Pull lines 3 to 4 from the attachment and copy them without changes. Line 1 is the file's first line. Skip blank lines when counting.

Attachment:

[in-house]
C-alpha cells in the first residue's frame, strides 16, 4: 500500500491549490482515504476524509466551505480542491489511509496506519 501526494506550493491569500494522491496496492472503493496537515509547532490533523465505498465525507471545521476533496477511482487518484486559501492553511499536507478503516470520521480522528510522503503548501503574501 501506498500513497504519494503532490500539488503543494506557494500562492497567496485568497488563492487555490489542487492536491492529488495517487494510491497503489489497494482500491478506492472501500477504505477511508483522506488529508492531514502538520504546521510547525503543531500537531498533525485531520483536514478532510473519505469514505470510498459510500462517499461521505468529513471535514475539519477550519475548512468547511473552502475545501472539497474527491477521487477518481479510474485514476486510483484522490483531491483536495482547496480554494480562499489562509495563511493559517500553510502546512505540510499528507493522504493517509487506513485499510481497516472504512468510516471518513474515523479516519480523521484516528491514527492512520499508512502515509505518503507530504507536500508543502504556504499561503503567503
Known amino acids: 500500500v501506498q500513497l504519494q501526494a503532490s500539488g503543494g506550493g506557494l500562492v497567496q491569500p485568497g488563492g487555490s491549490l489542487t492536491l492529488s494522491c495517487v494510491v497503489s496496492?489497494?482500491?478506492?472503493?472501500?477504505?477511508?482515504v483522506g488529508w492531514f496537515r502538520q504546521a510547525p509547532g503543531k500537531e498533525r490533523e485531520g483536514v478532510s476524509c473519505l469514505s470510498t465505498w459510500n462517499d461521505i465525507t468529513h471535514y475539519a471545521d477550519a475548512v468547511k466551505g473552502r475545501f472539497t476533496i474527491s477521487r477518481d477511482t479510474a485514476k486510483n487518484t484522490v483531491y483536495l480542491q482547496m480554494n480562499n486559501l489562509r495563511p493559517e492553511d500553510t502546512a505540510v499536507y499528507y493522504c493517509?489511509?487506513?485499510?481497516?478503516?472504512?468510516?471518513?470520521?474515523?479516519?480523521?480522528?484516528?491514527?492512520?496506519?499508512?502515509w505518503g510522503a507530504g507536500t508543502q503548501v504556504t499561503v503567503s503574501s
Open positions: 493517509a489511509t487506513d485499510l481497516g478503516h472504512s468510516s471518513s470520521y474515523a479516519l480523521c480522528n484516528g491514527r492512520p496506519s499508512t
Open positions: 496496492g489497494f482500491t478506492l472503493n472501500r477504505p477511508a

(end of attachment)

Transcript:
Known amino acids: 500500500v501506498q500513497l504519494q501526494a503532490s500539488g503543494g506550493g506557494l500562492v497567496q491569500p485568497g488563492g487555490s491549490l489542487t492536491l492529488s494522491c495517487v494510491v497503489s496496492?489497494?482500491?478506492?472503493?472501500?477504505?477511508?482515504v483522506g488529508w492531514f496537515r502538520q504546521a510547525p509547532g503543531k500537531e498533525r490533523e485531520g483536514v478532510s476524509c473519505l469514505s470510498t465505498w459510500n462517499d461521505i465525507t468529513h471535514y475539519a471545521d477550519a475548512v468547511k466551505g473552502r475545501f472539497t476533496i474527491s477521487r477518481d477511482t479510474a485514476k486510483n487518484t484522490v483531491y483536495l480542491q482547496m480554494n480562499n486559501l489562509r495563511p493559517e492553511d500553510t502546512a505540510v499536507y499528507y493522504c493517509?489511509?487506513?485499510?481497516?478503516?472504512?468510516?471518513?470520521?474515523?479516519?480523521?480522528?484516528?491514527?492512520?496506519?499508512?502515509w505518503g510522503a507530504g507536500t508543502q503548501v504556504t499561503v503567503s503574501s
Open positions: 493517509a489511509t487506513d485499510l481497516g478503516h472504512s468510516s471518513s470520521y474515523a479516519l480523521c480522528n484516528g491514527r492512520p496506519s499508512t